3 Russian medalists among 11 positives in 2012 Games retests

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Posted: Jul 27, 2016 2:52 PM
3 Russian medalists among 11 positives in 2012 Games retests

BUDAPEST, Hungary (AP) — Eleven weightlifters, including three Russian medalists, have tested positive for banned drugs in the latest retests of samples from the 2012 London Olympics, the International Weightlifting Federation said Wednesday.

The IWF said in a statement that all 11 athletes, six of whom were medalists, had been provisionally suspended until their cases are closed.

Four of the 11 are Russians, who all tested positive for dehydrochlormethyltestosterone, an anabolic steroid.

The positive Russian tests came from Alexandr Ivanov, silver medalist in the men's 94-kilogram division; Nataliya Zabolotnaya, silver in the women's 75-kilogram division; Svetlana Tzarukaeva, silver in the women's 63-kilogram division; and Andrey Demanov, who placed fourth in the men's 94-kilogram division. Ivanov also tested positive for tamoxifen, a hormone modulator.

The three other medal winners in the group were Hripsime Khurshudyan, Armenia (bronze, over-75-kilogram division), Iryna Kulesha, Belarus (bronze, 75-kilogram division) and Cristina Iovu of Moldova (bronze, 53-kilogram division).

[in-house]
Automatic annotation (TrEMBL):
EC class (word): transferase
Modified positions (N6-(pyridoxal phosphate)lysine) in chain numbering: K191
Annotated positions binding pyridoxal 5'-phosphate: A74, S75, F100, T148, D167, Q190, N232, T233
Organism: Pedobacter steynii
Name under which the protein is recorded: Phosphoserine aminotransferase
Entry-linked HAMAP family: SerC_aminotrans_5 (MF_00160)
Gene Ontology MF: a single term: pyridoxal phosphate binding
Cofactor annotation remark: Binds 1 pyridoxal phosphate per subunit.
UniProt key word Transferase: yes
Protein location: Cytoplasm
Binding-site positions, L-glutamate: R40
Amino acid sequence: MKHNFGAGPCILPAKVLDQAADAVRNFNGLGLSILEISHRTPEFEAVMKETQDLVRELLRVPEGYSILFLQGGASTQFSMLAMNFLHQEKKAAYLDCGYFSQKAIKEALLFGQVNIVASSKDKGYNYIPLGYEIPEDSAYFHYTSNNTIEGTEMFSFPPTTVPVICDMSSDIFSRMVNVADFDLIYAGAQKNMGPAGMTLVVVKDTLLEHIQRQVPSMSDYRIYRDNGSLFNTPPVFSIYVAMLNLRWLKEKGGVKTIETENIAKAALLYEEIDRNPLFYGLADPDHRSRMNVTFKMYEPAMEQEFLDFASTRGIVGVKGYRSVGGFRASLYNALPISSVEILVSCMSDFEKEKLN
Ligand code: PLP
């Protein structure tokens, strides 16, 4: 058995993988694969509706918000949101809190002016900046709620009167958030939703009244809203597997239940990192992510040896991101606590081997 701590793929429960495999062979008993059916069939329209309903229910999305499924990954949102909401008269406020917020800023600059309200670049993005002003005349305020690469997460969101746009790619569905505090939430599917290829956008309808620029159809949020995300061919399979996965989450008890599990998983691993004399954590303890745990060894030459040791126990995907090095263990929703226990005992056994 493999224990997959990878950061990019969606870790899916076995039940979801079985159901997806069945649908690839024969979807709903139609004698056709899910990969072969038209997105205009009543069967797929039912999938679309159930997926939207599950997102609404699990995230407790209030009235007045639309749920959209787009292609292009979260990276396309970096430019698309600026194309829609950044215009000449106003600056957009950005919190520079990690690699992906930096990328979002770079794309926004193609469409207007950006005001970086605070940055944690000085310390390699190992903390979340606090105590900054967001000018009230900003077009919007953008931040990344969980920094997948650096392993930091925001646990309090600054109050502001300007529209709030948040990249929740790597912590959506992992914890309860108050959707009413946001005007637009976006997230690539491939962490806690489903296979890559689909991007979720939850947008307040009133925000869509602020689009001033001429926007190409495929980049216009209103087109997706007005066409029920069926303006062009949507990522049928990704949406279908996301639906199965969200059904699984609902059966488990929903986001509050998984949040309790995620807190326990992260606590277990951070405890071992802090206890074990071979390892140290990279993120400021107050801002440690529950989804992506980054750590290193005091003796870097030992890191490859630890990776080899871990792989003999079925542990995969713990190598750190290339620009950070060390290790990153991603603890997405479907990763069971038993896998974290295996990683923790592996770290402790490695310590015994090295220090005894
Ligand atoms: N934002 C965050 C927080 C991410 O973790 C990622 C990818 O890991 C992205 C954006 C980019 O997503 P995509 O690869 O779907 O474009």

Also testing positive were Turkey's Sibel Simsek, Almas Uteshov of Kazakhstan, Georgia's Rauli Tsirekidze and Intigam Zairov of Azerbaijan.

Bulgarian weightlifters have been banned from the upcoming Rio de Janeiro Games because of the large number of positive doping tests, while Russian weightlifters also risk being barred from the Olympics.

On Monday, the IWF said it had requested "further clarification" from the International Olympic Committee and the World Anti-Doping Agency before its decision on which Russian athletes can be cleared to compete in Rio.

After consultations on Sunday, the IOC stopped short of a blanket ban on Russian athletes at the Rio Games, following a WADA report that accused Russia of widespread doping and cover-up. Instead, Olympic selection was left to individual sporting federations, provided the athletes met certain criteria — which included a clean record in anti-doping tests.

The IOC stores Olympic doping samples for 10 years, allowing them to be reopened and reanalyzed when improved testing methods become available.

So far, 31 of the 98 doping positives discovered in the retests of samples from the 2008 Beijing Games and the 2012 London Olympics were weightlifters.